Contributors
Knupp, April M, Urioste-Azcorra, Carmen, Tompkins, Cynthia, et al.
Created Date
2018

Sexual assault at colleges and universities in the United States is a significant health and human rights issue that impacts somewhere between one-in-four and one-in-five students. Despite the alarmingly high burden, overall rates of disclosing to crisis, health, and victim services, and reporting to schools and law enforcement remain low. In order to buffer students from associated short- and long-term harm, and help them reestablish safety and pursue justice, empirically-supported, innovative, and trauma-informed secondary prevention strategies are needed. To address this pressing issue, the current study used a trauma-informed, feminist community research approach to develop and design a prototype of …

Contributors
Villegas-Gold, Michelle Leigh, Hurtado, Ana Magdalena, Gaughan, Monica, et al.
Created Date
2018

In this paper, I explore the ways in which the radical feminist activist group W.I.T.C.H. (Women’s International Terrorist Conspiracy from Hell) uses the figure of the witch to establish a collective identity as a social movement by using the theoretical framework of identity work. I first draw on the existing scholarship surrounding the history of witchcraft, witch persecution, and radical feminism, and I then apply this history in conjunction with identity work theory to analyze the public persona of the recently revived W.I.T.C.H., specifically the group that brought this movement back: W.I.T.C.H. PDX. By looking at the strategies that W.I.T.C.H. …

Contributors
Schweigert, Laisa, Fahs, Breanne, Swank, Eric, et al.
Created Date
2018

This project analyzes contemporary U.S. mental health discourse as an assemblage that constantly renegotiates the normative subject through the production and regulation of intersectional mentally ill subjects. It uses feminist disability and biopolitical theoretical frameworks to explore how media discourses of mental illness reveal the regulation of mentally ill subjects in relationship to intersections of gender, sexuality, and race. These discourses constitute a biopolitical technology that genders, racializes, and regulates mental illness. This regulation not only reveals the cultural boundaries around who is designated as “mentally ill” (and how they are designated as such), but it also demonstrates how mental …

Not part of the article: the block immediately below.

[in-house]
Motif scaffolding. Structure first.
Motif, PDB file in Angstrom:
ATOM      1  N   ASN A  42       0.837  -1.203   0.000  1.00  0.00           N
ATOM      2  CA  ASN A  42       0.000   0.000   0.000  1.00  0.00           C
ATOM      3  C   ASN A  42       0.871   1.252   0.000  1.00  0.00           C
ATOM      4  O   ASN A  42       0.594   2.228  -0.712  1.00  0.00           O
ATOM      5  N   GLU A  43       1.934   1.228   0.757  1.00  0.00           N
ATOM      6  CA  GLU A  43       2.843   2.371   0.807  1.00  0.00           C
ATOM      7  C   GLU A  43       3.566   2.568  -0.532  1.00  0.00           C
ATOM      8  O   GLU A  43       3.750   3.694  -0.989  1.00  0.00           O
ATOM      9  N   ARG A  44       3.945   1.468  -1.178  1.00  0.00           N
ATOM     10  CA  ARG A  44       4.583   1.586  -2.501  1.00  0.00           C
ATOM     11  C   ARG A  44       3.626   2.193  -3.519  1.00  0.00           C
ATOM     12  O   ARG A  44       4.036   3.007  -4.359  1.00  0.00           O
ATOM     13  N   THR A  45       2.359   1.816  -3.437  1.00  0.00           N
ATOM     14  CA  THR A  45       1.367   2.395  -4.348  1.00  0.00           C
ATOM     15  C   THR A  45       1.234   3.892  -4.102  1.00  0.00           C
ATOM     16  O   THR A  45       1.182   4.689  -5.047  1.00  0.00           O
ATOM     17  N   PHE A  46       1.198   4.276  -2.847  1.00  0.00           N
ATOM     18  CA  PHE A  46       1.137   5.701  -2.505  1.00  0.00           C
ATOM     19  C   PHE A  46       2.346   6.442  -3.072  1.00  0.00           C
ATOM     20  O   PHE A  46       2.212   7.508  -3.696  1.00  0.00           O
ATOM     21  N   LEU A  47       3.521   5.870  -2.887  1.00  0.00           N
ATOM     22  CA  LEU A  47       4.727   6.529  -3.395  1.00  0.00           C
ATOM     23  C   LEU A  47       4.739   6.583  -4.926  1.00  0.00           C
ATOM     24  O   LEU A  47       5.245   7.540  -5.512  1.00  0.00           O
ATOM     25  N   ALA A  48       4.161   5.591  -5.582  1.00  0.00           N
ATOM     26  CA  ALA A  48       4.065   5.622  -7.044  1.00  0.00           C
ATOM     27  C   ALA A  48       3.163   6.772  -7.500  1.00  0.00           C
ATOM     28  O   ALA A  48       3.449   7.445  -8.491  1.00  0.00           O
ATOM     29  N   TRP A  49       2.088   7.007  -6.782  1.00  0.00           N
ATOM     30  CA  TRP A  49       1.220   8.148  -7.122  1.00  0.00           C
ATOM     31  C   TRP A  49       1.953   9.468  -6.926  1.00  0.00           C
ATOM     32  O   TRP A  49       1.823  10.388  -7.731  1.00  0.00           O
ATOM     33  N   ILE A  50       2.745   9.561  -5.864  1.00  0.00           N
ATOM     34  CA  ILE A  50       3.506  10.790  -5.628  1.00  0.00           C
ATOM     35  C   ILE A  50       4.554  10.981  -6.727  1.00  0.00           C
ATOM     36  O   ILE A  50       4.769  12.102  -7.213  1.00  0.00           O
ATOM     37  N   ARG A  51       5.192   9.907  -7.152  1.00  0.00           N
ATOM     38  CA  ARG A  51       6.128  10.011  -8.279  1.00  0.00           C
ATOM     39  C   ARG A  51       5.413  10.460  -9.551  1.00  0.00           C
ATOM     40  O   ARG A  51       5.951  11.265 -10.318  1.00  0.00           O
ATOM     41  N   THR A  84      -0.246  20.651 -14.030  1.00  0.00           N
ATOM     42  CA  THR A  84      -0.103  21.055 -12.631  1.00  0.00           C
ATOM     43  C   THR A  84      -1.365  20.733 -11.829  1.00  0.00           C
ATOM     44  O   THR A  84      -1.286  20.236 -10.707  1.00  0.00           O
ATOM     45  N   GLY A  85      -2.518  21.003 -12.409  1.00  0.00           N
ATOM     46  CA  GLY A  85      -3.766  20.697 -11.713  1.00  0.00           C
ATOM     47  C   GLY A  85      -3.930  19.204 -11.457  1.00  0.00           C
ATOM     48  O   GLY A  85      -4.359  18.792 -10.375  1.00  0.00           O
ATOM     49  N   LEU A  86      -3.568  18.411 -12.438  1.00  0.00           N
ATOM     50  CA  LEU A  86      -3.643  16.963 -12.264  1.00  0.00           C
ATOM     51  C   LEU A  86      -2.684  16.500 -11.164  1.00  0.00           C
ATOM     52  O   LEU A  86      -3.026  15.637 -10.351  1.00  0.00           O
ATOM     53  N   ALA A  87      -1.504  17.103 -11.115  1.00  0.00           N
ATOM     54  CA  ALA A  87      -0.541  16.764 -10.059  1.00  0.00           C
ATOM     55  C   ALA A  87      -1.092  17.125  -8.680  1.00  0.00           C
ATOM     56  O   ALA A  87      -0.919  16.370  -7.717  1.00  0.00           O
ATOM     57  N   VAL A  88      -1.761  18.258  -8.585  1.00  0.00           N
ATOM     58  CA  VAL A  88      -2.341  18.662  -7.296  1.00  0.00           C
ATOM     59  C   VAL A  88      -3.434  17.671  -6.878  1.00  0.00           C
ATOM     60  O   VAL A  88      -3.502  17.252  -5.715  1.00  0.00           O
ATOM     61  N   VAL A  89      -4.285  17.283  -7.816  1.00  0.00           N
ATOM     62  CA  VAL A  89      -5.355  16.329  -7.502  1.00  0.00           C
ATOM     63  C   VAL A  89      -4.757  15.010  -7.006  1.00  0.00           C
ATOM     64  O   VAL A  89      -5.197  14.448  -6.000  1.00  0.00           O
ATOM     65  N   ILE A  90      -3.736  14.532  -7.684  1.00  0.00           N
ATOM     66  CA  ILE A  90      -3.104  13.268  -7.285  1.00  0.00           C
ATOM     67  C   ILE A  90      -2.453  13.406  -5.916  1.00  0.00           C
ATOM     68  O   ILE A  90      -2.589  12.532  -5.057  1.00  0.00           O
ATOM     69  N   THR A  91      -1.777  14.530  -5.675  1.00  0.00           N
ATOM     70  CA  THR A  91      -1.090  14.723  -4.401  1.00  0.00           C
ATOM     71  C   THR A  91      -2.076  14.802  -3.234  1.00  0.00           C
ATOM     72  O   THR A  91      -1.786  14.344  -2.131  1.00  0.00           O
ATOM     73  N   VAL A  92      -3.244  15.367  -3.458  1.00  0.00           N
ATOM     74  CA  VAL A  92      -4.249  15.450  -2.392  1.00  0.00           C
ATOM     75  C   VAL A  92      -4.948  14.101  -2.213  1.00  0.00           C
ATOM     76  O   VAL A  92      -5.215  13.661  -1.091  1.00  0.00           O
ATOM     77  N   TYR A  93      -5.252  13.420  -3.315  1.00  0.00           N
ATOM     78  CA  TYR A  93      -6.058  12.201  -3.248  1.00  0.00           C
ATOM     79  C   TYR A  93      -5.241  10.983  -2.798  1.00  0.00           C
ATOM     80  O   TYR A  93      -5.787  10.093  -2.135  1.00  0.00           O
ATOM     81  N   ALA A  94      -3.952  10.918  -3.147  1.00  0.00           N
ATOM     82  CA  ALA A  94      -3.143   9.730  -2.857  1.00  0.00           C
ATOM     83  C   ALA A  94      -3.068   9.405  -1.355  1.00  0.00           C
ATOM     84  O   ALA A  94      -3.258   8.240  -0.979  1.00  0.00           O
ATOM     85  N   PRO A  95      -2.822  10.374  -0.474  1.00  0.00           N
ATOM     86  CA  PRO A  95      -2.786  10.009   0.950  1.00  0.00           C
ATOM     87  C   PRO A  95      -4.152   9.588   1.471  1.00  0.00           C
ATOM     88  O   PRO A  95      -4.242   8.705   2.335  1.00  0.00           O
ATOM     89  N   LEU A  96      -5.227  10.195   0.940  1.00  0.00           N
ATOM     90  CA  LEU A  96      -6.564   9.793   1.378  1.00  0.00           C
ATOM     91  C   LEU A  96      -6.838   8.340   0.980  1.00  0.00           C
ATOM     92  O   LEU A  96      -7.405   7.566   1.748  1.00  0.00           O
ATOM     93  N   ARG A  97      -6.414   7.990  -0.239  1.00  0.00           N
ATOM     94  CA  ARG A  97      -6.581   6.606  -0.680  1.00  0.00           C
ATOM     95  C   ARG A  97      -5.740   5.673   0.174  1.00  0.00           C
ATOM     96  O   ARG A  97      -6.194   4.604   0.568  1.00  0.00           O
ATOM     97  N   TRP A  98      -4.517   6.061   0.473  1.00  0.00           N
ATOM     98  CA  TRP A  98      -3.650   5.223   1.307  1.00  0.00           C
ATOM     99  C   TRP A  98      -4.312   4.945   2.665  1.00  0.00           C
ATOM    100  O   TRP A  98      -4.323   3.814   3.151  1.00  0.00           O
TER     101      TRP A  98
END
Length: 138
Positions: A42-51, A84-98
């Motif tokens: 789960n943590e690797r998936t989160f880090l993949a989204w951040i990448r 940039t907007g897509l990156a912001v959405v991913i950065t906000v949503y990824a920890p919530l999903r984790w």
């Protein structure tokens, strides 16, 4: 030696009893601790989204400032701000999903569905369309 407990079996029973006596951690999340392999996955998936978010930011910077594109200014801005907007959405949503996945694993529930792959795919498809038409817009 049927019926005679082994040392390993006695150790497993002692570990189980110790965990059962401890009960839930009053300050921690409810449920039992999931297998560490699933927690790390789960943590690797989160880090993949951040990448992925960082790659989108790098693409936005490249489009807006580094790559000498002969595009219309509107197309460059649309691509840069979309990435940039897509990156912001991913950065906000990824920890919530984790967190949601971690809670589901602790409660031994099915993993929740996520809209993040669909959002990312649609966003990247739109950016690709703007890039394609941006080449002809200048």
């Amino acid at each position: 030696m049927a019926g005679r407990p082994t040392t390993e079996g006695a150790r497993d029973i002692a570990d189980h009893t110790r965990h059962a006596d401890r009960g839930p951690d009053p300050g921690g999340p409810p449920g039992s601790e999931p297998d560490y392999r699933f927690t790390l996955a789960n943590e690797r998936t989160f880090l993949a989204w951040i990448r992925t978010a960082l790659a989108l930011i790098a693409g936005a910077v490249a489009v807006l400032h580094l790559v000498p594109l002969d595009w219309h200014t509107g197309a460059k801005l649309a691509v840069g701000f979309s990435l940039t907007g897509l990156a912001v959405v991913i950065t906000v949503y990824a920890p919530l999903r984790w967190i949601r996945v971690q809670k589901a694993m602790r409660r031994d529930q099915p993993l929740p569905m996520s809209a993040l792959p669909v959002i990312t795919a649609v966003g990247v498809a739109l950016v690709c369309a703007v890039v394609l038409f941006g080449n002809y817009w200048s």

Contributors
Herson, Kellie, Leong, Karen J, Mallot, J. Edward, et al.
Created Date
2018

One in five college women report being sexually assaulted (National Sexual Violence Resource Center, 2015) with college being the time when men are more likely to commit a sexual assault (Burgess, 2007). Victimization detracts from their college experience, leading to poor academic performance or less institutional commitment. College women who are victims of sexual assault are also at a higher risk of participating in risky sexual behavior. To reduce the prevalence of sexual assault at universities, it is important to develop effective prevention programs that can target and change attitudes and beliefs that contribute to the continued perpetuation of sexual …

Contributors
Baldwin-White, Adrienne, Messing, Jill, Williams, Lela R, et al.
Created Date
2018

My research focuses on Indigenous and Pueblo women’s knowledges and the role of our knowledges as they relate to the future of Indigenous and Pueblo communities. My main research question is multifaceted—what is Indigenous and Pueblo women’s knowledge, how is this knowledge communicated and taught, what changes have occurred to those knowledges over time, and what changes have happened due to perceived and real threats. In answering that question, the sources used for my research include the qualitative data collected from personal interviews with Pueblo women, my literature review, and information that I know or have learned from personal experience, …

Contributors
Bird, Peggy Lee, Sumida Huaman, Elizabeth, Brayboy, Bryan M.J., et al.
Created Date
2018